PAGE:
There is nothing new in this journal today, save for the definition of hope as mystical. These days of waiting and quarantine are starting to seem like a blessing to me. I’m not sure what I really mean by that other than the outside world, that I normally discount, is now so quiet it seems not to really exist. I find that fascinating, because somehow that also comforts me. It is possible that this experience that everyone one is part of (“we are all in this together”) is a turning point. Maybe we are close to that moment of global awakening that I have hoped for. I will not dwell on that. All that’s important now is that I sustain my health and write, think, read, and care for my little piece of Earth and Heaven.

Seal Rock State Park, Oregon – photo by Richard Gylgayton

The Last Gasp of Something Grasping

A Winterland Nights Bonus Track

September 16, 2019, 9:21 am—Last Homely House. Monday morning. Much work to do today in the studio. Each morning when I wake up I am astonished by where I am and what I’m doing. Retired—what an inexplicable word.

At this moment I’m sitting in the reading room. I come in here first thing when I awaken and open the curtains that cover the bay window. A cloudy morning. More rain coming. Another front arriving tomorrow. A wind warning up on Accuweather. Possible thunderstorm this afternoon. The weather is always metaphorical as well as physical. I might be able to get out for a walk this morning after I finish my coffee.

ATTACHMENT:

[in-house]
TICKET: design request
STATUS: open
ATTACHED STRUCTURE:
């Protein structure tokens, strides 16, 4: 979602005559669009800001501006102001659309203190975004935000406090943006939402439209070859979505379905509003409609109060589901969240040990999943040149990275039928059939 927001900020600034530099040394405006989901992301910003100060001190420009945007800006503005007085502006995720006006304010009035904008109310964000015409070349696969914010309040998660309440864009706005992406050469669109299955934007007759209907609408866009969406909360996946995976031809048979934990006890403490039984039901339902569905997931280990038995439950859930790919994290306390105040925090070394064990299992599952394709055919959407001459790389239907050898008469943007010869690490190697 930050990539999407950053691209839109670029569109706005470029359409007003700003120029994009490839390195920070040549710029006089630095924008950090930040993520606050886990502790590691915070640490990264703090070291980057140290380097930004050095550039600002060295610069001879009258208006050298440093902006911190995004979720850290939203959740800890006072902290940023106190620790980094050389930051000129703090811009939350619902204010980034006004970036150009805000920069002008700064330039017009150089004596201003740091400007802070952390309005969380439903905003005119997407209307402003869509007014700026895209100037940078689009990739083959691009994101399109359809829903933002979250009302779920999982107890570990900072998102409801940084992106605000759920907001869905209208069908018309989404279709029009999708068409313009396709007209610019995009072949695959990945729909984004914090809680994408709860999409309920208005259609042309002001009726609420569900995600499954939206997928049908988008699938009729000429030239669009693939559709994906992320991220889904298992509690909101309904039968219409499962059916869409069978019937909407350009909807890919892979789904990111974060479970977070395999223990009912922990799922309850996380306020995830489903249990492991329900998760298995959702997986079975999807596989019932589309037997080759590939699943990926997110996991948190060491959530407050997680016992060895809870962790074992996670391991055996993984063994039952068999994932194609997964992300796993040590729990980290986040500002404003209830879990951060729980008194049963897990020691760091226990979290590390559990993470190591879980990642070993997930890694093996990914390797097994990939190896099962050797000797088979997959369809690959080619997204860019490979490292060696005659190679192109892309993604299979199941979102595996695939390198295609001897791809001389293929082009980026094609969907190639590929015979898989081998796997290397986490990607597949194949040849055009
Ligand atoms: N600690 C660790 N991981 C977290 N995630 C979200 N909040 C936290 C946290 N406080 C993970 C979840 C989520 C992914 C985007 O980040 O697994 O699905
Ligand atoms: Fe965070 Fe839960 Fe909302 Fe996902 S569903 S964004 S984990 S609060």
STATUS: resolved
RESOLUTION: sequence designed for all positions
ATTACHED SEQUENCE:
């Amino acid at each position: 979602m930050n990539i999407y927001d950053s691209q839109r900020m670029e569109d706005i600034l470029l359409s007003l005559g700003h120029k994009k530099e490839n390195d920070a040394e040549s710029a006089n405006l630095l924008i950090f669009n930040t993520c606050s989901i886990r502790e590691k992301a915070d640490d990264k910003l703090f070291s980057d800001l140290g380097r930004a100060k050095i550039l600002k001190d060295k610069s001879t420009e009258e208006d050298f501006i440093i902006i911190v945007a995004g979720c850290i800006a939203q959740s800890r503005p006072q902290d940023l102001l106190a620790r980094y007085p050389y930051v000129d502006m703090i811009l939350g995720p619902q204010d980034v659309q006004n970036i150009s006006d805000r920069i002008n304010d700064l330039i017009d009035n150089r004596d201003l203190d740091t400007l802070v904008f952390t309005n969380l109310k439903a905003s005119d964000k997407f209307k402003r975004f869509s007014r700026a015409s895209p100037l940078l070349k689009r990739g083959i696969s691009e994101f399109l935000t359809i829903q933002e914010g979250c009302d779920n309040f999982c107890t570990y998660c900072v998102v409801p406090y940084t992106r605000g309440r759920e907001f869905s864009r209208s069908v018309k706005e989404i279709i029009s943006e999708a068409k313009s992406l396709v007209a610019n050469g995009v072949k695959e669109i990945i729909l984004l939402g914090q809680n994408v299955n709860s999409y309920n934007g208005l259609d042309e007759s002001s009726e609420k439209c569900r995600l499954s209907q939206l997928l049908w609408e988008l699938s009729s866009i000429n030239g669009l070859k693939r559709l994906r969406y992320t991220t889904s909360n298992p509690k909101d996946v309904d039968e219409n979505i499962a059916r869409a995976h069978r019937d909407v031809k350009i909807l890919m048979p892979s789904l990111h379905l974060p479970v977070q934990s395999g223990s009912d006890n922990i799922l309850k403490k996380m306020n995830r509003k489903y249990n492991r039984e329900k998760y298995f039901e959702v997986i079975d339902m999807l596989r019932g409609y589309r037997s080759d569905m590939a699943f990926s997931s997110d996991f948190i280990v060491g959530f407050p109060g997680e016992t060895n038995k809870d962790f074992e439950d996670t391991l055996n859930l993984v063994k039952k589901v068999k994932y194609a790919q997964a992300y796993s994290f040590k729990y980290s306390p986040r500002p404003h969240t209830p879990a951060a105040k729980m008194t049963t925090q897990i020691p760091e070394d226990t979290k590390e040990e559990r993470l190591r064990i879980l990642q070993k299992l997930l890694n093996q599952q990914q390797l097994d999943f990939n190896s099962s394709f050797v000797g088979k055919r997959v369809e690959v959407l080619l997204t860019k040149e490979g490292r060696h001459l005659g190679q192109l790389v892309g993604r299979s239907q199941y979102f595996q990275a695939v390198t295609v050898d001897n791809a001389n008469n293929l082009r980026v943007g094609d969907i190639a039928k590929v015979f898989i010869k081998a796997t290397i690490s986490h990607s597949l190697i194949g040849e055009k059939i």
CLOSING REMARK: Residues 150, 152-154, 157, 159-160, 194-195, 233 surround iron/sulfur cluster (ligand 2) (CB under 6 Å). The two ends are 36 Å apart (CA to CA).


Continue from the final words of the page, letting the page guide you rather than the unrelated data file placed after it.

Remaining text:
Anyway, yeah, retired. I never expected it and certainly not in the way that it transpired. When I attended the Hot Tuna concert the night before last I looked around, and everyone, and I do mean everyone, was my age, most of them grey-haired. Men with big stomachs, even bigger than mine (gonna do something about that). Wizened ladies dancing and whirling. Tie dyed T-shirts. Good crowd. An exuberant Dionysian mood in Revolution Hall. (Yes, that’s the actual name of the venue.)

I thought about my generation and how we were transformed by psychedelics. We woke up. Some of us anyway. You can read that history now in a book called Acid Dreams—also Michael Pollan’s How to Change Your Mind. All that happened long ago, but it lingers. We thought we were going to make vast changes. We did make a few. We ended an unconscionable ultra-violent war in Southeast Asia. We began thinking about the ecosystem. We raised our children to think planetarily. We failed in other ways. The power structure is resilient, and there are always new people willing to hypnotize themselves into having a piece of it. 

What we are going through now is the last gasp of something. Business as usual is not sustainable. Literal religion doesn’t work. We have made a mess of the planet. The hounds of war are still at it, ravaging and tearing the natural equity of the world, migrating it into cash so that affluent folks can have more golden toilets to crap in. I think this is temporary. It’s all unraveling. It can’t last.

I am light years apart from those who love their guns and knives, those who have no doubts about their righteousness whether they are religious or not. That’s a trap—being so into your self-imposed relief from fear and discomfort that you cannot even consider that your solace is a warped fantasy. On occasion I’m as guilty of that as anyone.